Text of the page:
Inhibitory receptors CD22, FcγRII (CD32), CD72, and paired immunoglobulin-like receptor (PIR)-B are critically involved in negatively regulating the B cell immune response and in preventing autoimmunity. Here we show that interleukin 4 (IL-4) reduces expression of all four on activated B cells at the level of messenger RNA and protein. This reduced expression is dependent on continuous exposure to IL-4 and is mediated through Stat6. Coligation of FcγRII to the B cell receptor (BCR) via intact IgG increases the B cell activation threshold and suppresses antigen presentation. IL-4 completely abolishes these negative regulatory effects of FcγRII. CD22 coligation with the BCR also suppresses activation — this suppression too is abolished by IL-4. Thus, IL-4 is likely to enhance the B cell immune response by releasing B cells from inhibitory receptor suppression. By this coordinate reduction in expression of inhibitory receptors, and release from CD22 and FcγRII-mediated inhibition, IL-4 is likely to play a role in T cell help of B cells and the development of T helper cell type 2 responses. Conversely, B cell activation in the absence of IL-4 would be more difficult to achieve, contributing to the maintenance of B cell tolerance in the absence of T cell help.
Activation of peripheral B cells is inhibited by a number of cell surface molecules such as CD22, FcγRII (CD32), CD72, and paired immunoglobulin-like receptor (PIR)-B. Little is known about what releases the B cell from this inhibitory thrall, allowing it be appropriately activated in response to pathogens, and inappropriately activated by self-antigen resulting in autoimmunity. These inhibitory receptors contain immune tyrosine inhibitory motifs (ITIMs) in their cytoplasmic tails which, under specific circumstances, such as when FcγRII and CD22 are coligated with the B cell receptor (BCR), are phosphorylated by the tyrosine kinase lyn. ITIM motifs can then dock with the SH2 domains of phosphatases – predominantly SH2-containing protein tyrosine phosphatase Shp-1 (CD22, CD72, and PIR-B), and the inositol phosphatase SH2-containing inositol 5-phosphatase (SHIP; FcγRII). These phosphatases then dephosphorylate incompletely defined downstream targets and reduce cellular activation (1).
Consistent with the similarity in the signaling pathways of FcγRII, CD22, and CD72, mice deficient in them display defects in their antibody responses. These include increased serum IgG and IgM and increased B cell responsiveness to antigen (2–4). Moreover, mice deficient in lyn or Shp-1, molecules responsible for the signaling of the ITIM-containing inhibitory receptors, also exhibit evidence of B cell hyperactivity (5). FcγRII is ligated to the BCR by antigen and IgG in immune complexes, and may therefore provide feedback inhibition. Coligation of CD22 to the BCR reduces B cell activation, while sequestering CD22 away from the BCR results in B cell hyperactivity (for a review, see reference 5). Interaction of CD22 with its sialic acid residue ligand may promote B cell activation in appropriate lymphoid environments (5) and/or reduce the likelihood of autoreactivity (6). Ligands for CD72 may include CD5 and CD100 (4), and for PIR-B, MHC I (7), though their exact roles in B cell regulation are yet to be determined. An activatory version of PIR-B, PIR-A, is also expressed on B cells. Both these molecules share essentially identical extracellular domains and it is thought that their ratio on the B cell surface may determine their net effect on activation (8).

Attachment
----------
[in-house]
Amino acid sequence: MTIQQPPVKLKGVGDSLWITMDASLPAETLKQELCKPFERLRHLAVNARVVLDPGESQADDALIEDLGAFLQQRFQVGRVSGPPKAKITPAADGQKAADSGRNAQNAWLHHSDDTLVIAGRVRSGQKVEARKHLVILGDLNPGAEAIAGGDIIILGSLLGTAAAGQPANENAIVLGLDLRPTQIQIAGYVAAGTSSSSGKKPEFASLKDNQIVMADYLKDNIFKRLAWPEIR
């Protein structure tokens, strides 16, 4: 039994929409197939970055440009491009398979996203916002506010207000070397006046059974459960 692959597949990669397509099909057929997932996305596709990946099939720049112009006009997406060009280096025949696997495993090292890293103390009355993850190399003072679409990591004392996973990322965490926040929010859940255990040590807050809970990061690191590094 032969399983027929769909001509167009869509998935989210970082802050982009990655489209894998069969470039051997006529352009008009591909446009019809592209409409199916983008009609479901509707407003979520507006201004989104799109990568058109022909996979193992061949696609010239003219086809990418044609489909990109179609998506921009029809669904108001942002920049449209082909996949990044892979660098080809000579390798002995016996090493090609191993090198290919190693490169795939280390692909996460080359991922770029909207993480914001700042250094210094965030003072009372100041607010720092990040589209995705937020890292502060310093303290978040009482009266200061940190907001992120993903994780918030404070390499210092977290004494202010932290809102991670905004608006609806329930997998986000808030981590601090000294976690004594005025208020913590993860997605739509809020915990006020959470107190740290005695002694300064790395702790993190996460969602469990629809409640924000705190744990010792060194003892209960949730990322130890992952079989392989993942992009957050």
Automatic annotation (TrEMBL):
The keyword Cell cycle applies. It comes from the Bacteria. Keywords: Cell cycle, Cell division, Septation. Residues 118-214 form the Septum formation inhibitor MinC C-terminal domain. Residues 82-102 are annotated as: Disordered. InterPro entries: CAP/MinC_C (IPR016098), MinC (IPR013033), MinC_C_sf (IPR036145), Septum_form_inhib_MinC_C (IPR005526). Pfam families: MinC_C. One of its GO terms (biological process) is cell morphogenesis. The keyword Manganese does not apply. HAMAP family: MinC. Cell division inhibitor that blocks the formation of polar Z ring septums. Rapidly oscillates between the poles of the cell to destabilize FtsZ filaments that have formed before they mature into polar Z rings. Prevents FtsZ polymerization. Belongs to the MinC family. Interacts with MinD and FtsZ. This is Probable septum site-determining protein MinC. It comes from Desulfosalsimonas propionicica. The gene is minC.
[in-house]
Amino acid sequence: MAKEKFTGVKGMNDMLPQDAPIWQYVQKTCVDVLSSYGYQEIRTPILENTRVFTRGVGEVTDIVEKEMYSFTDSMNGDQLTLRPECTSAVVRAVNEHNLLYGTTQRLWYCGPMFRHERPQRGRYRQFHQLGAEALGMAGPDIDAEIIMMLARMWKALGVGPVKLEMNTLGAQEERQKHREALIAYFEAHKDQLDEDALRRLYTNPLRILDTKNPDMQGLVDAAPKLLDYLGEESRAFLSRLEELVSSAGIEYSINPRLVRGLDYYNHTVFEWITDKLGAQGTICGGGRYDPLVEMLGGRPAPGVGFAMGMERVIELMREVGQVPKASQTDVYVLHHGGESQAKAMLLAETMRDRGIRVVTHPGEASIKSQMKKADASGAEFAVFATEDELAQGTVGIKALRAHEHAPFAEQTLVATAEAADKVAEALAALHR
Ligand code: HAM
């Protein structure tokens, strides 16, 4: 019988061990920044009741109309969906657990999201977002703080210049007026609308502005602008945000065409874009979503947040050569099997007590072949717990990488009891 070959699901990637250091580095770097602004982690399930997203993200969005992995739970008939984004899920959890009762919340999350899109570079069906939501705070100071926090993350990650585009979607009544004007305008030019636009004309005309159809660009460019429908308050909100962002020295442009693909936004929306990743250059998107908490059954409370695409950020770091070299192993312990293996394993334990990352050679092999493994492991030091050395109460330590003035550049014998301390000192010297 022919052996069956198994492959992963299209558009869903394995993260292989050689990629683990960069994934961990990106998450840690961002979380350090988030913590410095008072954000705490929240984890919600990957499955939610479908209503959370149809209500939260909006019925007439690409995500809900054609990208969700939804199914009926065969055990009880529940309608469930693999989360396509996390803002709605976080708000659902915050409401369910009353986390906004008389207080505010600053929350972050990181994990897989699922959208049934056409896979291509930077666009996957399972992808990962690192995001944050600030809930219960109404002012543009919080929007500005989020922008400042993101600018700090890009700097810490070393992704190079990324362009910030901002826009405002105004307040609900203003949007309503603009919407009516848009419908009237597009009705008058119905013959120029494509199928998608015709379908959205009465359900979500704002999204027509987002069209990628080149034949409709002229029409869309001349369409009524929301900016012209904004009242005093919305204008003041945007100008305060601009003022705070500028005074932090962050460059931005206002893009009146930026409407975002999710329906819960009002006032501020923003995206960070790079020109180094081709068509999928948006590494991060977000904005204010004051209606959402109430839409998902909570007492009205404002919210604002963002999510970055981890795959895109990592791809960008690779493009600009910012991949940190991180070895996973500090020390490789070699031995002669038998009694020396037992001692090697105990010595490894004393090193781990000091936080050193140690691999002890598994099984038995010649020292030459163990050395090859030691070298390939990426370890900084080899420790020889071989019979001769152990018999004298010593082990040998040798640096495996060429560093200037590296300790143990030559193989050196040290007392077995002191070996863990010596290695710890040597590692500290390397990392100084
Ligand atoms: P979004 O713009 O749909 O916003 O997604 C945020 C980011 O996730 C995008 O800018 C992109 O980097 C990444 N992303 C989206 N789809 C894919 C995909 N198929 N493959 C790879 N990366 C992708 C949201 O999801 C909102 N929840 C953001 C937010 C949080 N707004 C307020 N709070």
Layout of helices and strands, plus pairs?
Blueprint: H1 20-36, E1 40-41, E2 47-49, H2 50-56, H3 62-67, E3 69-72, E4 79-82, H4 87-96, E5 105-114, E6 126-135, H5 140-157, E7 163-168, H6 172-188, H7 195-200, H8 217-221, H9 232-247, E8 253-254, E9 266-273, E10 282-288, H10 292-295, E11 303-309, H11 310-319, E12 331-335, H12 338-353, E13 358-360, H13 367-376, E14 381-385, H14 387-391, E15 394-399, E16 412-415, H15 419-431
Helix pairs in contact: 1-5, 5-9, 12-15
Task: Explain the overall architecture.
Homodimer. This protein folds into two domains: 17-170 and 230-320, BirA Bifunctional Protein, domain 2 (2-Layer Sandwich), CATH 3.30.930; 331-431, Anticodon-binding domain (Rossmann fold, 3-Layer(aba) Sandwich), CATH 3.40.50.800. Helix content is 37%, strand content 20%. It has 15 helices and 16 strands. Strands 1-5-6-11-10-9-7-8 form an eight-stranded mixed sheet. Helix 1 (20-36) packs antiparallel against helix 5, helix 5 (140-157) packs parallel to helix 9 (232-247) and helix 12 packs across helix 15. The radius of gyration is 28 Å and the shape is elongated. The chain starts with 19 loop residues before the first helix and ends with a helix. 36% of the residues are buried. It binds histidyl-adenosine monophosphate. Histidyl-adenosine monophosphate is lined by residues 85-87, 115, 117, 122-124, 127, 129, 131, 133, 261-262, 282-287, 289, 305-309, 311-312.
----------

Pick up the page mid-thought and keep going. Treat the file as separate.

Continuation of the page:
Not only are the ITIM-containing inhibitory receptors important in controlling the B cell response to exogenous antigen, they also appear to be important in maintaining self-tolerance. Mice deficient in FcγRII, CD22, lyn, or Shp-1 all display a predisposition to autoimmunity (5, 9, 10). Partial defects in these molecules may contribute to the development of spontaneous systemic lupus erythematosus (SLE)-like disease in polygenic models, with FcγRII being implicated in SLE in a number of mouse models (11), CD22 in the NZW mouse (12), and CD72 in the MRL mouse (13).